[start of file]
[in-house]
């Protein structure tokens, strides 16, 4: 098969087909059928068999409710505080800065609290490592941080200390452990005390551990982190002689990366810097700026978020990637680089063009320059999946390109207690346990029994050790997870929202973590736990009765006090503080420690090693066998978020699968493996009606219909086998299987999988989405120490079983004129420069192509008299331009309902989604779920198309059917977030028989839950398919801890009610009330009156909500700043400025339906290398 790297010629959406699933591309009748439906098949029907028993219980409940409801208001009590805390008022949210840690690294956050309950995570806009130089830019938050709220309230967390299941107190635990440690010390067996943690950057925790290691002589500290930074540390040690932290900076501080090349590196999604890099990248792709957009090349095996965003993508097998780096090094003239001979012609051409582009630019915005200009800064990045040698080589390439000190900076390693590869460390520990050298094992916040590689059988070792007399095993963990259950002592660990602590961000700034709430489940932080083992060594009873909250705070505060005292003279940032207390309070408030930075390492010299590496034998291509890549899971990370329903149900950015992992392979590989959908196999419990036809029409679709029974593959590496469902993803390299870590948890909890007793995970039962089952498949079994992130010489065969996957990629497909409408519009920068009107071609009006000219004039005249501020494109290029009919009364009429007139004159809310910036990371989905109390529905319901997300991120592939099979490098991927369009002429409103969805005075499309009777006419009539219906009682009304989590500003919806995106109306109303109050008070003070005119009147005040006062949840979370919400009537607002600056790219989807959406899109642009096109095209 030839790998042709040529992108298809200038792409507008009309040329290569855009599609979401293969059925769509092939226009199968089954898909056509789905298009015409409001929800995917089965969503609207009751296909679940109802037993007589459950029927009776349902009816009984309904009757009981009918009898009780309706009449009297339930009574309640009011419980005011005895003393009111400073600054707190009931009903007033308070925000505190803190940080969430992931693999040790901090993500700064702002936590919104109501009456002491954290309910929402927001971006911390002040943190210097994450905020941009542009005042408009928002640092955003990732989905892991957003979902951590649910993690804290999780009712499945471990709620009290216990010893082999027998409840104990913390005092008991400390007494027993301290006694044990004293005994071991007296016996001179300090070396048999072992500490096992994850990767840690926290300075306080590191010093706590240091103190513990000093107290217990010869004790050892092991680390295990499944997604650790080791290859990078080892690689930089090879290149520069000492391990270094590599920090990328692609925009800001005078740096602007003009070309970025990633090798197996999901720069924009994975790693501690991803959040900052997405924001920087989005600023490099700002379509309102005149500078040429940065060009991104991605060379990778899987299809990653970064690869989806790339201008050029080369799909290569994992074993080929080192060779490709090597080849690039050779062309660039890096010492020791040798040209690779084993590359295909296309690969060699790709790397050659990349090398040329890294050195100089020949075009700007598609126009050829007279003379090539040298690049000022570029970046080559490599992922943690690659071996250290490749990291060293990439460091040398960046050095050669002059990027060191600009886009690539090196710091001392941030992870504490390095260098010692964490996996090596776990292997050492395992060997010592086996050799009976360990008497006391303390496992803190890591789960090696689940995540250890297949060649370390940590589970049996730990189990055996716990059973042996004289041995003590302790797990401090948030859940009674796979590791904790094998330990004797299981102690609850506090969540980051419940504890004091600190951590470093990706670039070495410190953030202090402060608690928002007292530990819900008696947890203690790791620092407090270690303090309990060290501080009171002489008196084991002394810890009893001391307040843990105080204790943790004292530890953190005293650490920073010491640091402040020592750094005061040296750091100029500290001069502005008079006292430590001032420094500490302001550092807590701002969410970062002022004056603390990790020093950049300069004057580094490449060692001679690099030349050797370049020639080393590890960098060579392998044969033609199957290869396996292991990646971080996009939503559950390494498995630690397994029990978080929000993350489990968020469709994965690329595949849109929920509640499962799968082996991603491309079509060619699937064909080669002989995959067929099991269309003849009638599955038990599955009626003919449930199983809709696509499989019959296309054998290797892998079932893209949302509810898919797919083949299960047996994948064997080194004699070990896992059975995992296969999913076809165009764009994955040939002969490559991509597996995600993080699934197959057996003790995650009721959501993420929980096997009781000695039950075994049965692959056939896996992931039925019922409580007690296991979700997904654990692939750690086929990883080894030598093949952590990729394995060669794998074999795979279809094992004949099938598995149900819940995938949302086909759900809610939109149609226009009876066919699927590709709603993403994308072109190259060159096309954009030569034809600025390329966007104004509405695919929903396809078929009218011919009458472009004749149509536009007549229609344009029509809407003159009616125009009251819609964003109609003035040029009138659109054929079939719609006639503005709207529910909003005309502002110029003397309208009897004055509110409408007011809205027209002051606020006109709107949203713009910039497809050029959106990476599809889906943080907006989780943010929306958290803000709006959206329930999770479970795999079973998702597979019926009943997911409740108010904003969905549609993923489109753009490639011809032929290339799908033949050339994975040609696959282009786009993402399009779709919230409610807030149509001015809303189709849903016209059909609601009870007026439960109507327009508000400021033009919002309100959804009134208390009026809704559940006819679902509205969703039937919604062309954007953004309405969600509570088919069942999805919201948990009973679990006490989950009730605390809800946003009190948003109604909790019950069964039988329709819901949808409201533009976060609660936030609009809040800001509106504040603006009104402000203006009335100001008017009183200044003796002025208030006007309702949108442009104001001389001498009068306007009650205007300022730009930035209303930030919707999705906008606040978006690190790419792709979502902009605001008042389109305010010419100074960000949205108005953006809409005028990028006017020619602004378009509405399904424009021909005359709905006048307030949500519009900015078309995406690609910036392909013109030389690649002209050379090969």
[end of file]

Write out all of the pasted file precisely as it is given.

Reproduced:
[in-house]
């Protein structure tokens, strides 16, 4: 098969087909059928068999409710505080800065609290490592941080200390452990005390551990982190002689990366810097700026978020990637680089063009320059999946390109207690346990029994050790997870929202973590736990009765006090503080420690090693066998978020699968493996009606219909086998299987999988989405120490079983004129420069192509008299331009309902989604779920198309059917977030028989839950398919801890009610009330009156909500700043400025339906290398 790297010629959406699933591309009748439906098949029907028993219980409940409801208001009590805390008022949210840690690294956050309950995570806009130089830019938050709220309230967390299941107190635990440690010390067996943690950057925790290691002589500290930074540390040690932290900076501080090349590196999604890099990248792709957009090349095996965003993508097998780096090094003239001979012609051409582009630019915005200009800064990045040698080589390439000190900076390693590869460390520990050298094992916040590689059988070792007399095993963990259950002592660990602590961000700034709430489940932080083992060594009873909250705070505060005292003279940032207390309070408030930075390492010299590496034998291509890549899971990370329903149900950015992992392979590989959908196999419990036809029409679709029974593959590496469902993803390299870590948890909890007793995970039962089952498949079994992130010489065969996957990629497909409408519009920068009107071609009006000219004039005249501020494109290029009919009364009429007139004159809310910036990371989905109390529905319901997300991120592939099979490098991927369009002429409103969805005075499309009777006419009539219906009682009304989590500003919806995106109306109303109050008070003070005119009147005040006062949840979370919400009537607002600056790219989807959406899109642009096109095209 030839790998042709040529992108298809200038792409507008009309040329290569855009599609979401293969059925769509092939226009199968089954898909056509789905298009015409409001929800995917089965969503609207009751296909679940109802037993007589459950029927009776349902009816009984309904009757009981009918009898009780309706009449009297339930009574309640009011419980005011005895003393009111400073600054707190009931009903007033308070925000505190803190940080969430992931693999040790901090993500700064702002936590919104109501009456002491954290309910929402927001971006911390002040943190210097994450905020941009542009005042408009928002640092955003990732989905892991957003979902951590649910993690804290999780009712499945471990709620009290216990010893082999027998409840104990913390005092008991400390007494027993301290006694044990004293005994071991007296016996001179300090070396048999072992500490096992994850990767840690926290300075306080590191010093706590240091103190513990000093107290217990010869004790050892092991680390295990499944997604650790080791290859990078080892690689930089090879290149520069000492391990270094590599920090990328692609925009800001005078740096602007003009070309970025990633090798197996999901720069924009994975790693501690991803959040900052997405924001920087989005600023490099700002379509309102005149500078040429940065060009991104991605060379990778899987299809990653970064690869989806790339201008050029080369799909290569994992074993080929080192060779490709090597080849690039050779062309660039890096010492020791040798040209690779084993590359295909296309690969060699790709790397050659990349090398040329890294050195100089020949075009700007598609126009050829007279003379090539040298690049000022570029970046080559490599992922943690690659071996250290490749990291060293990439460091040398960046050095050669002059990027060191600009886009690539090196710091001392941030992870504490390095260098010692964490996996090596776990292997050492395992060997010592086996050799009976360990008497006391303390496992803190890591789960090696689940995540250890297949060649370390940590589970049996730990189990055996716990059973042996004289041995003590302790797990401090948030859940009674796979590791904790094998330990004797299981102690609850506090969540980051419940504890004091600190951590470093990706670039070495410190953030202090402060608690928002007292530990819900008696947890203690790791620092407090270690303090309990060290501080009171002489008196084991002394810890009893001391307040843990105080204790943790004292530890953190005293650490920073010491640091402040020592750094005061040296750091100029500290001069502005008079006292430590001032420094500490302001550092807590701002969410970062002022004056603390990790020093950049300069004057580094490449060692001679690099030349050797370049020639080393590890960098060579392998044969033609199957290869396996292991990646971080996009939503559950390494498995630690397994029990978080929000993350489990968020469709994965690329595949849109929920509640499962799968082996991603491309079509060619699937064909080669002989995959067929099991269309003849009638599955038990599955009626003919449930199983809709696509499989019959296309054998290797892998079932893209949302509810898919797919083949299960047996994948064997080194004699070990896992059975995992296969999913076809165009764009994955040939002969490559991509597996995600993080699934197959057996003790995650009721959501993420929980096997009781000695039950075994049965692959056939896996992931039925019922409580007690296991979700997904654990692939750690086929990883080894030598093949952590990729394995060669794998074999795979279809094992004949099938598995149900819940995938949302086909759900809610939109149609226009009876066919699927590709709603993403994308072109190259060159096309954009030569034809600025390329966007104004509405695919929903396809078929009218011919009458472009004749149509536009007549229609344009029509809407003159009616125009009251819609964003109609003035040029009138659109054929079939719609006639503005709207529910909003005309502002110029003397309208009897004055509110409408007011809205027209002051606020006109709107949203713009910039497809050029959106990476599809889906943080907006989780943010929306958290803000709006959206329930999770479970795999079973998702597979019926009943997911409740108010904003969905549609993923489109753009490639011809032929290339799908033949050339994975040609696959282009786009993402399009779709919230409610807030149509001015809303189709849903016209059909609601009870007026439960109507327009508000400021033009919002309100959804009134208390009026809704559940006819679902509205969703039937919604062309954007953004309405969600509570088919069942999805919201948990009973679990006490989950009730605390809800946003009190948003109604909790019950069964039988329709819901949808409201533009976060609660936030609009809040800001509106504040603006009104402000203006009335100001008017009183200044003796002025208030006007309702949108442009104001001389001498009068306007009650205007300022730009930035209303930030919707999705906008606040978006690190790419792709979502902009605001008042389109305010010419100074960000949205108005953006809409005028990028006017020619602004378009509405399904424009021909005359709905006048307030949500519009900015078309995406690609910036392909013109030389690649002209050379090969």